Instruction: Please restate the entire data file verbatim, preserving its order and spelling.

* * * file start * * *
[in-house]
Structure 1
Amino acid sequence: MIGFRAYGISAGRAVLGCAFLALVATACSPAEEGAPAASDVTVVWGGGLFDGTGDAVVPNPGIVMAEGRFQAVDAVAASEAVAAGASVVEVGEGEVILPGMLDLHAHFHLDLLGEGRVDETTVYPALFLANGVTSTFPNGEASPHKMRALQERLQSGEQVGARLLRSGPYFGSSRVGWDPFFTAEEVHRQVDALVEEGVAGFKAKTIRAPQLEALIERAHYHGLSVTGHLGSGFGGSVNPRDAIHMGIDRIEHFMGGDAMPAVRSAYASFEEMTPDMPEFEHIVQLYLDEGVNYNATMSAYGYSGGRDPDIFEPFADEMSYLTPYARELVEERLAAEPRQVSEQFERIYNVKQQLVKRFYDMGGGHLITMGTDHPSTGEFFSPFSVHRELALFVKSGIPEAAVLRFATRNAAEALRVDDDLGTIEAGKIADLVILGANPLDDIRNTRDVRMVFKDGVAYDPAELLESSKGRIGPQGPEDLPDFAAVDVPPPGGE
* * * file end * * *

[in-house]
Structure 1
Amino acid sequence: MIGFRAYGISAGRAVLGCAFLALVATACSPAEEGAPAASDVTVVWGGGLFDGTGDAVVPNPGIVMAEGRFQAVDAVAASEAVAAGASVVEVGEGEVILPGMLDLHAHFHLDLLGEGRVDETTVYPALFLANGVTSTFPNGEASPHKMRALQERLQSGEQVGARLLRSGPYFGSSRVGWDPFFTAEEVHRQVDALVEEGVAGFKAKTIRAPQLEALIERAHYHGLSVTGHLGSGFGGSVNPRDAIHMGIDRIEHFMGGDAMPAVRSAYASFEEMTPDMPEFEHIVQLYLDEGVNYNATMSAYGYSGGRDPDIFEPFADEMSYLTPYARELVEERLAAEPRQVSEQFERIYNVKQQLVKRFYDMGGGHLITMGTDHPSTGEFFSPFSVHRELALFVKSGIPEAAVLRFATRNAAEALRVDDDLGTIEAGKIADLVILGANPLDDIRNTRDVRMVFKDGVAYDPAELLESSKGRIGPQGPEDLPDFAAVDVPPPGGE